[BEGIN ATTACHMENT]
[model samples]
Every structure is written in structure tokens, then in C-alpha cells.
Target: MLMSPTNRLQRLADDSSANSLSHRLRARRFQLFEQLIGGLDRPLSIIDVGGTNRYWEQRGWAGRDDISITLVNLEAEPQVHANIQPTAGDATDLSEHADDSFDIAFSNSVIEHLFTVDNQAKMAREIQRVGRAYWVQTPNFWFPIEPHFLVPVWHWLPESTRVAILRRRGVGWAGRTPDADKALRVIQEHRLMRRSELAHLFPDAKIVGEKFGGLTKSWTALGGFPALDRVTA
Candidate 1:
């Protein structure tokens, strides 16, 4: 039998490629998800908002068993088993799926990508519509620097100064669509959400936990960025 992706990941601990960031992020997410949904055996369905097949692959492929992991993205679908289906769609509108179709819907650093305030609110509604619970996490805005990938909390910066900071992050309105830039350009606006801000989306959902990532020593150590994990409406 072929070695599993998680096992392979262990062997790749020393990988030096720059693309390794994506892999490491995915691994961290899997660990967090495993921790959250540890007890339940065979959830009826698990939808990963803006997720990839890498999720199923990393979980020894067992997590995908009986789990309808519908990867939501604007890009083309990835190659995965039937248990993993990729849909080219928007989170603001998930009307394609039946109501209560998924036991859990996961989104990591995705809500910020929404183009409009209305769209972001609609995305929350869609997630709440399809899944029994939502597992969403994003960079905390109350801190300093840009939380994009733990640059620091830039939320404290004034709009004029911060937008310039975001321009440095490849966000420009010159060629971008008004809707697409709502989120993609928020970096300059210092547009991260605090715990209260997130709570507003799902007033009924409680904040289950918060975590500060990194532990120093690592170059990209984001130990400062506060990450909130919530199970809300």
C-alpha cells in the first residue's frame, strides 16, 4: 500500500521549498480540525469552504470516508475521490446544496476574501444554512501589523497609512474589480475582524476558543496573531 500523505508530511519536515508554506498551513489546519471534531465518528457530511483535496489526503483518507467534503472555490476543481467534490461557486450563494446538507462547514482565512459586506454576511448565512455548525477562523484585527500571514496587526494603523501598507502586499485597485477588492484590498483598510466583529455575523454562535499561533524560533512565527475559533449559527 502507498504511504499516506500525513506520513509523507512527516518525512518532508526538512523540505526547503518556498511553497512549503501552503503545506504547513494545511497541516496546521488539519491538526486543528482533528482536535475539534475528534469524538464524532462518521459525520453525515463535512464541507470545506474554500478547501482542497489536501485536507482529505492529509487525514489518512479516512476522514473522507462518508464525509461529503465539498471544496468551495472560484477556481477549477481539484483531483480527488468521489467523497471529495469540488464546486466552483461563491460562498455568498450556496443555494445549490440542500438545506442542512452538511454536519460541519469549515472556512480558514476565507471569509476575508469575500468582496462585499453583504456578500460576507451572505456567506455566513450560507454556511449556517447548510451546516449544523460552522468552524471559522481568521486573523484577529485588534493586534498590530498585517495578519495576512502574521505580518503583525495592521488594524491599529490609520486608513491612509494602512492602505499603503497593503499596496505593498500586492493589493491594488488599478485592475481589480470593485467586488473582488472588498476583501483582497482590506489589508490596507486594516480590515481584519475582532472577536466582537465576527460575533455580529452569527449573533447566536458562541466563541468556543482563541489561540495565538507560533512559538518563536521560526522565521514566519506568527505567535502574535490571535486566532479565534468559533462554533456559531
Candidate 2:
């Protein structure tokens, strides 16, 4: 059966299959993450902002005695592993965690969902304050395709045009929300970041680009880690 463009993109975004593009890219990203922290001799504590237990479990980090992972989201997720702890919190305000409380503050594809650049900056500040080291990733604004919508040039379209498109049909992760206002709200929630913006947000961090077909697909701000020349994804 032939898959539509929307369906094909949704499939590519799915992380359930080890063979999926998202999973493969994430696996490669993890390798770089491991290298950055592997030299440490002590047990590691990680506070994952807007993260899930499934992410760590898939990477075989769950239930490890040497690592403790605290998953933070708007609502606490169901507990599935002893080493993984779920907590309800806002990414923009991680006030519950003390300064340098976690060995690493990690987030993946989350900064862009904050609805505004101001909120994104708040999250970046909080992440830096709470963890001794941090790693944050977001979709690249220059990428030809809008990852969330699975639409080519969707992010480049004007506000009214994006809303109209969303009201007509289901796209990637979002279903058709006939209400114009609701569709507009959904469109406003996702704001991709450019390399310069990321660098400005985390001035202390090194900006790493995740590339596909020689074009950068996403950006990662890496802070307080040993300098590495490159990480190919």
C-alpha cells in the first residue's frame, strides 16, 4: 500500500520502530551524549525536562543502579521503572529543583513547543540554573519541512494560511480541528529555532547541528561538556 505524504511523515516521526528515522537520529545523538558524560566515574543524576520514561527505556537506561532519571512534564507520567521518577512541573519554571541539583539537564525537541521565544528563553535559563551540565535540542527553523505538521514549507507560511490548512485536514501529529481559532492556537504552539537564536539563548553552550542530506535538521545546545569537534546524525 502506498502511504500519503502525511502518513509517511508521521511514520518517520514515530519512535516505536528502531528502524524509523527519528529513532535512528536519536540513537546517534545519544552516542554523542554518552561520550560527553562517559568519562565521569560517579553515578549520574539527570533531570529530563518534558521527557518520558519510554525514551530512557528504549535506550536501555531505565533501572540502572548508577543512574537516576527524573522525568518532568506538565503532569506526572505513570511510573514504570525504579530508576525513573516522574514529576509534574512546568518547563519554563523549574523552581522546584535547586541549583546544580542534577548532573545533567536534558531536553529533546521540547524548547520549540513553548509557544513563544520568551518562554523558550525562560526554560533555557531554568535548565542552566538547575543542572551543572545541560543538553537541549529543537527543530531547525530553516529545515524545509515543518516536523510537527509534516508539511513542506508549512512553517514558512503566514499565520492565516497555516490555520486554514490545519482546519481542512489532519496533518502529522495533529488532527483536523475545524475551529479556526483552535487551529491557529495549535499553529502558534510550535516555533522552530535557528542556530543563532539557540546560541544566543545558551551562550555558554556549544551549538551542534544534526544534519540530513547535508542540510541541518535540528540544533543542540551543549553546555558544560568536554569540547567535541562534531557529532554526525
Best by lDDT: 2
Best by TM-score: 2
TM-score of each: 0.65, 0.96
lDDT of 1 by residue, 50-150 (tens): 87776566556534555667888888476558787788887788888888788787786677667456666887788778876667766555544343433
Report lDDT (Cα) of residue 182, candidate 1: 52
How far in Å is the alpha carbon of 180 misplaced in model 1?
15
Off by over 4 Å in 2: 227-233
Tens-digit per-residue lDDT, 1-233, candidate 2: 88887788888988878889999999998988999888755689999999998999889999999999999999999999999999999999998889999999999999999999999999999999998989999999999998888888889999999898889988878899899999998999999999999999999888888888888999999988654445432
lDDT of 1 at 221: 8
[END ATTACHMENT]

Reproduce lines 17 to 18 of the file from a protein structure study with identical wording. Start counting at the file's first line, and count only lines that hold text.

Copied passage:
Off by over 4 Å in 2: 227-233
Tens-digit per-residue lDDT, 1-233, candidate 2: 88887788888988878889999999998988999888755689999999998999889999999999999999999999999999999999998889999999999999999999999999999999998989999999999998888888889999999898889988878899899999998999999999999999999888888888888999999988654445432